This student is a very low income individual and cannot afford to attend SFCC without the Lottery Scholarship. She was under the impression that GED recipients who enroll in College the first semester after GED completion are eligible for the Lottery Scholarship. She is correct in that assumption. The New Mexico Legislature authorizes GED recipients to receive the Lottery Scholarship under those circumstances. It does not matter how many years an individual is out of school, they are entitled to the Lottery Scholarship.

SFCC does not see it that way and told her so. They said that she only gets the Lottery Scholarship if she attended college the first semester after high school graduation. SFCC told her that she was misinformed and out of luck. She was devastated and felt like her dream was over.

The Daily Loco calls upon Senator Linda Lopez and other Legislators to address this issue immediately. The next semester of College is fast approaching and these GED recipients may skip college due to bad advice. They need help now. Show us that you are all politicians for the people. The Lottery Scholarship may be in danger of going broke, but that is not their fault. It is your fault. As the Daily Loco has stated before, there is plenty of money available for the Lottery Scholarship. We, as New Mexican’s, just need to get our priorities straight. Let’s give a voice to the voiceless.

Please voice your concerns to Senator Linda Lopez: @lopez4gov

Senator Howie Morales: @morales4nm

Undocumented Students benefit New Mexico and need a pathway to citizenship

Julio Salgado

New Mexico has the highest rate of children living in poverty in the nation, the highest rate of food insecurity for children, and has been deemed the worst state to raise a child. These statistics are based upon documented children whom the government can track. Unfortunately, there are many undocumented children in this state who are not counted in the analysis. These undocumented children attend New Mexico schools and graduate from accredited state high schools.

The state of New Mexico allows these undocumented children to attend state funded universities and colleges. The children are also allowed to use a state funded scholarship known as the Lottery Scholarship as long as they meet certain qualifications. This unique relationship is in danger of falling apart if the state funded Legislative Lottery Scholarship Fund ceases to provide enough money to pay tuition. Undocumented children are not allowed to apply for federal aid and rely on the Lottery scholarship to get a higher education.

In reality, the Legislative Lottery Scholarship Fund is doomed and these children need another alternative. The answer to the problem is to include a path to citizenship for children in the new Comprehensive Immigration Reform Bill. If these children can become U.S. citizens, they will be eligible for federal financial aid.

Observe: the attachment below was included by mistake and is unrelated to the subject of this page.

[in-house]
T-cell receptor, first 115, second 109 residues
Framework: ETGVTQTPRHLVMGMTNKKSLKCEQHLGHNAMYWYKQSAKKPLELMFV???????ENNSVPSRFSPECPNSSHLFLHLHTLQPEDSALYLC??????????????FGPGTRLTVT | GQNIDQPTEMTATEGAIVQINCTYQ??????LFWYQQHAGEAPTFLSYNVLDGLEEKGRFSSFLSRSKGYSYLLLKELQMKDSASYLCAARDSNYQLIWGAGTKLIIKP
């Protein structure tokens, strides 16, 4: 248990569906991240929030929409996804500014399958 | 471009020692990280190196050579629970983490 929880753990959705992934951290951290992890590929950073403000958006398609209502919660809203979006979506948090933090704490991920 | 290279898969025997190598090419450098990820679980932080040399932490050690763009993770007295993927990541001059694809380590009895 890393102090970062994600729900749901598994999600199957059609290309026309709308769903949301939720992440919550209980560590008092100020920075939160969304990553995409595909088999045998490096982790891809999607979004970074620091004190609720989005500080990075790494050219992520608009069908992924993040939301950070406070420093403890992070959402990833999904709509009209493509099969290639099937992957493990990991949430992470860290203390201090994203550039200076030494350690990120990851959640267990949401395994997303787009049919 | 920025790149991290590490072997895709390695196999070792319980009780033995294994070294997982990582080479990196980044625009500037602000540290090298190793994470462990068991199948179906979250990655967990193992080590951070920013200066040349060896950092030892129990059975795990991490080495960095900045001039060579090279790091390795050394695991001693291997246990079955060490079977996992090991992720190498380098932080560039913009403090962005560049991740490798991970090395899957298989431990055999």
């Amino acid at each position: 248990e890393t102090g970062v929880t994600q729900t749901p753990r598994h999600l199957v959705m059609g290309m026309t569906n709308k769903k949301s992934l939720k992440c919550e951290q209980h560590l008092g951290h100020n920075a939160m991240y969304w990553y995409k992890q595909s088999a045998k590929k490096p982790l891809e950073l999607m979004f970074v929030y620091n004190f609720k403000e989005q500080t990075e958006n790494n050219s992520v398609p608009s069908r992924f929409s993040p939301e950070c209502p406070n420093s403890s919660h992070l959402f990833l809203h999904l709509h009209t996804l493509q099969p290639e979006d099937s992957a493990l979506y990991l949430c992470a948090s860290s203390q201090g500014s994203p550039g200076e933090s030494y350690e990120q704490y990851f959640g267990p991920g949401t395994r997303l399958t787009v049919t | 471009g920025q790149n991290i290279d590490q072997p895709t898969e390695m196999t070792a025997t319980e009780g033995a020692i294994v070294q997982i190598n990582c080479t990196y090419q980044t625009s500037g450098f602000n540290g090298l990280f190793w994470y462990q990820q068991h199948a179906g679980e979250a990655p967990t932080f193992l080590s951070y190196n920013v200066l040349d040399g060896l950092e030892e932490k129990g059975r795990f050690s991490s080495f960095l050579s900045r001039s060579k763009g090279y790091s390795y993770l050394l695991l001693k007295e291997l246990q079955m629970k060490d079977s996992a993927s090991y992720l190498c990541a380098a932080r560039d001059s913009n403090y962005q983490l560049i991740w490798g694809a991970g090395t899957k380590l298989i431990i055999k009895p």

According to a Pew Hispanic Center Report, in 2010 there was an estimated 85,000 undocumented immigrants living in the state of New Mexico.(Pew Research Center) That means that there are roughly 20,000 undocumented children living in New Mexico. Fiscal Impact Report for 2005 New Mexico Senate Bill 582 estimates that 10% of the Hispanic children graduating from New Mexico high schools are undocumented. (Fiscal Impact Report, SB 582)The Report estimated that there were 812 undocumented high school graduates in the state of New Mexico during the 2003-2004 school years. The Report states that only 69% of New Mexico high school graduates attend universities, therefore 560 undocumented graduates would attend a university.(Fiscal Impact Report, SB 582)

It is estimated that New Mexico spends $717 million annually on undocumented immigrants. Every taxpayer pays an average of $1000 annually to cover the expenditure.(Federation for American Immigration Reform )The study breaks down the amounts to:

K-12 for children of undocumented immigrants……………………………..$438 million

English as a Second Language………………………………………………… $54 million

Unreimbursed health care/ social assistance programs………………………..$108 million

Justice/ Law Enforcement costs………………………………………………. $ 76 million

Public Services…………………………………………………………………$ 42 million

By allowing the high school graduates to attend a university and become U.S. citizens, the state will increase tax revenue and decrease the annual burden on individual tax payers. If only 40% of these students graduate every year, there will be 200 new taxpayers added to the economy each year and 200 less undocumented immigrants for the taxpayers to cover. The cumulative result of allowing these individuals to be productive members of New Mexico should be the motivating factor for passage of a path to citizenship.

In May 2013, the Immigration Policy center published a report in which they stated:

“ Moreover, Latinos and Asians (both foreign-born and native-born) wield $25.1 billion in consumer purchasing power, and the businesses they own had sales and receipts of $7.6 billion and employed more than 60,000 people at last count. At a time when the economy is still recovering, New Mexico can ill-afford to alienate such a critical component of its labor force, tax base, and business community.”

(Immigration Policy Center, NEW AMERICANS IN NEW MEXICO)

The same study pointed out some startling economic facts:

–          Unauthorized immigrants in New Mexico paid $101.5 million in state and local taxes in 2010, according to data from the Institute for Taxation and Economic Policy,which includes:

• $8.7 million in state income taxes.

• $8.7 million in property taxes.

• $84.2 million in sales taxes.

–          Unauthorized immigrants comprised roughly 5.6% of the state’s workforce (or 50,000 workers) in 2010, according to a report by the Pew Hispanic Center.23

–          If all unauthorized immigrants were removed from New Mexico, the state would lose $1.8 billion in economic activity, $809.1 million in gross state product, and approximately 12,239 jobs, even accounting for adequate market adjustment time, according to a report by the Perryman Group.

(Immigration Policy Center, NEW AMERICANS IN NEW MEXICO)

With that type of economic strength, the businesses and government of New Mexico must listen to the demands of the people. Many of the individuals who make up this statistic either know or are related to an undocumented child. These children live in their communities and go to school with their children. By supporting Comprehensive Immigration Reform that includes a pathway to citizenship for children who attend college, business’s can show their commitment to the community.